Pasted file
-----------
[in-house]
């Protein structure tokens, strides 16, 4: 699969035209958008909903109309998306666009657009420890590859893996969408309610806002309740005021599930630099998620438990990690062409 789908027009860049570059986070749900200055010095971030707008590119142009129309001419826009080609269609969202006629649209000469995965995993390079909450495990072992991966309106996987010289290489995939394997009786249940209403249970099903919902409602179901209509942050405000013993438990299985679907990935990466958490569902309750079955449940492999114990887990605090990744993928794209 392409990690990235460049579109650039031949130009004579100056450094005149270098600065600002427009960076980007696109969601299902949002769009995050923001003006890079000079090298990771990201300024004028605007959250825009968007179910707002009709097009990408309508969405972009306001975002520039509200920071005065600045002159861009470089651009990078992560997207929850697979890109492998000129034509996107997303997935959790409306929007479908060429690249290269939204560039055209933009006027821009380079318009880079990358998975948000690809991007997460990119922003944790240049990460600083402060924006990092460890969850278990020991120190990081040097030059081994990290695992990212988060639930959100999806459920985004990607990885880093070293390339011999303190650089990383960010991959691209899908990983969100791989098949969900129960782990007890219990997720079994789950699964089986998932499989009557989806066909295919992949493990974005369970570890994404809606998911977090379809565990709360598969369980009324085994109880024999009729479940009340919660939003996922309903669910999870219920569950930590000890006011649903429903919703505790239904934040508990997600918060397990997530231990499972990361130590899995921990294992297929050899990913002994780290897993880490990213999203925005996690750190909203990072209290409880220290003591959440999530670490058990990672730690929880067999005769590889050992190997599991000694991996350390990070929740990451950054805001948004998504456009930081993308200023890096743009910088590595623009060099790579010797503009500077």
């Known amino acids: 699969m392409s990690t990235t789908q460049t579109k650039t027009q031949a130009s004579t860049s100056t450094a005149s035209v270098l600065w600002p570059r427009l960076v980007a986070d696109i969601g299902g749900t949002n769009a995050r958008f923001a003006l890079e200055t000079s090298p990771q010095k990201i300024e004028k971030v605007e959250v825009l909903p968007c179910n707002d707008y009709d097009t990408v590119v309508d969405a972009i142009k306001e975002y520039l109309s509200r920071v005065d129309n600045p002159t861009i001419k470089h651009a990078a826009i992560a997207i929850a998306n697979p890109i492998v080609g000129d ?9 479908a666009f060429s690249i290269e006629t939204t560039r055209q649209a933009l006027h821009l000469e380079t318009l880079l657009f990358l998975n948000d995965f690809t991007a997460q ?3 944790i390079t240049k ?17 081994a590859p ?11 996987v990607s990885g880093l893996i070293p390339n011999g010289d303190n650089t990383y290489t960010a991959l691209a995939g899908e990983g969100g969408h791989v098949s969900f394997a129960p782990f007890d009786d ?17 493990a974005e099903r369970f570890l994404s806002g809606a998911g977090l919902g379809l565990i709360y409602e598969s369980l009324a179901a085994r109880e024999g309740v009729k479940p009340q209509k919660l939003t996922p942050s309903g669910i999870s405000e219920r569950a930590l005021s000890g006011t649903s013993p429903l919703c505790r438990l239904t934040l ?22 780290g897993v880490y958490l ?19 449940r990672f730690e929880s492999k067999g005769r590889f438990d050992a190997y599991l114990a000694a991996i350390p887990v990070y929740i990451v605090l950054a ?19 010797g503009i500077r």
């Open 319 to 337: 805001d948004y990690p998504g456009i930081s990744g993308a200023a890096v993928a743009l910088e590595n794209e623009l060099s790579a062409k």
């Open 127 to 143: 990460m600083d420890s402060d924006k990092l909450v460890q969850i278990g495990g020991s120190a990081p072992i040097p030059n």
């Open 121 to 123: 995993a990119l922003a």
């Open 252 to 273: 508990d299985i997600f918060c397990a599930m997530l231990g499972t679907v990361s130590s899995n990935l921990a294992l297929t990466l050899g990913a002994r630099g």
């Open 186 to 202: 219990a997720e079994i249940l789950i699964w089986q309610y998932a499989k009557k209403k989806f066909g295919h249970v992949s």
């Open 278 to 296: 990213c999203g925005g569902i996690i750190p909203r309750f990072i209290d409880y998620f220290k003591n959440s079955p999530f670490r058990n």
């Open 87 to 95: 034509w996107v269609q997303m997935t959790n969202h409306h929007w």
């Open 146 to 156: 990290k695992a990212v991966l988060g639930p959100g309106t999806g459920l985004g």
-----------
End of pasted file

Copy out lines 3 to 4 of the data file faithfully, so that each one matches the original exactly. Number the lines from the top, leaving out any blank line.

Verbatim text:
């Known amino acids: 699969m392409s990690t990235t789908q460049t579109k650039t027009q031949a130009s004579t860049s100056t450094a005149s035209v270098l600065w600002p570059r427009l960076v980007a986070d696109i969601g299902g749900t949002n769009a995050r958008f923001a003006l890079e200055t000079s090298p990771q010095k990201i300024e004028k971030v605007e959250v825009l909903p968007c179910n707002d707008y009709d097009t990408v590119v309508d969405a972009i142009k306001e975002y520039l109309s509200r920071v005065d129309n600045p002159t861009i001419k470089h651009a990078a826009i992560a997207i929850a998306n697979p890109i492998v080609g000129d ?9 479908a666009f060429s690249i290269e006629t939204t560039r055209q649209a933009l006027h821009l000469e380079t318009l880079l657009f990358l998975n948000d995965f690809t991007a997460q ?3 944790i390079t240049k ?17 081994a590859p ?11 996987v990607s990885g880093l893996i070293p390339n011999g010289d303190n650089t990383y290489t960010a991959l691209a995939g899908e990983g969100g969408h791989v098949s969900f394997a129960p782990f007890d009786d ?17 493990a974005e099903r369970f570890l994404s806002g809606a998911g977090l919902g379809l565990i709360y409602e598969s369980l009324a179901a085994r109880e024999g309740v009729k479940p009340q209509k919660l939003t996922p942050s309903g669910i999870s405000e219920r569950a930590l005021s000890g006011t649903s013993p429903l919703c505790r438990l239904t934040l ?22 780290g897993v880490y958490l ?19 449940r990672f730690e929880s492999k067999g005769r590889f438990d050992a190997y599991l114990a000694a991996i350390p887990v990070y929740i990451v605090l950054a ?19 010797g503009i500077r």
């Open 319 to 337: 805001d948004y990690p998504g456009i930081s990744g993308a200023a890096v993928a743009l910088e590595n794209e623009l060099s790579a062409k």